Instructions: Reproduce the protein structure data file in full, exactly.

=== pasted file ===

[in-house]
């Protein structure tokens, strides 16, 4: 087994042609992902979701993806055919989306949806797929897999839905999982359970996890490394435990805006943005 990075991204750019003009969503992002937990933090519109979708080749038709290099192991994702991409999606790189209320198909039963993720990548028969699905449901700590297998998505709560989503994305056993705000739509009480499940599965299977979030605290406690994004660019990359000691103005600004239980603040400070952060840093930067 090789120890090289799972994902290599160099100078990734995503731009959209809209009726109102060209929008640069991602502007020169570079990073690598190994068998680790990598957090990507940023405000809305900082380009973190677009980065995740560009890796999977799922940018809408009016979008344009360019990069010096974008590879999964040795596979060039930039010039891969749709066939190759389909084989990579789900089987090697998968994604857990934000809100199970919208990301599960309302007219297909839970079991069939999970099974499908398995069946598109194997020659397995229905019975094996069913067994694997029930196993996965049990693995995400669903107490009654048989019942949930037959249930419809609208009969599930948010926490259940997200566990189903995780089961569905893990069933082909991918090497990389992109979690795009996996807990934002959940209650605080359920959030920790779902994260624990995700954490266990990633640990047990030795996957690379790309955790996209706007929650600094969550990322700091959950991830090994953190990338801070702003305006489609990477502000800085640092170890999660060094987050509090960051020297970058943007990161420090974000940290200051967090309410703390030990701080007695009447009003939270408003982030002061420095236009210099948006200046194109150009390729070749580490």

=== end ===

[in-house]
């Protein structure tokens, strides 16, 4: 087994042609992902979701993806055919989306949806797929897999839905999982359970996890490394435990805006943005 990075991204750019003009969503992002937990933090519109979708080749038709290099192991994702991409999606790189209320198909039963993720990548028969699905449901700590297998998505709560989503994305056993705000739509009480499940599965299977979030605290406690994004660019990359000691103005600004239980603040400070952060840093930067 090789120890090289799972994902290599160099100078990734995503731009959209809209009726109102060209929008640069991602502007020169570079990073690598190994068998680790990598957090990507940023405000809305900082380009973190677009980065995740560009890796999977799922940018809408009016979008344009360019990069010096974008590879999964040795596979060039930039010039891969749709066939190759389909084989990579789900089987090697998968994604857990934000809100199970919208990301599960309302007219297909839970079991069939999970099974499908398995069946598109194997020659397995229905019975094996069913067994694997029930196993996965049990693995995400669903107490009654048989019942949930037959249930419809609208009969599930948010926490259940997200566990189903995780089961569905893990069933082909991918090497990389992109979690795009996996807990934002959940209650605080359920959030920790779902994260624990995700954490266990990633640990047990030795996957690379790309955790996209706007929650600094969550990322700091959950991830090994953190990338801070702003305006489609990477502000800085640092170890999660060094987050509090960051020297970058943007990161420090974000940290200051967090309410703390030990701080007695009447009003939270408003982030002061420095236009210099948006200046194109150009390729070749580490």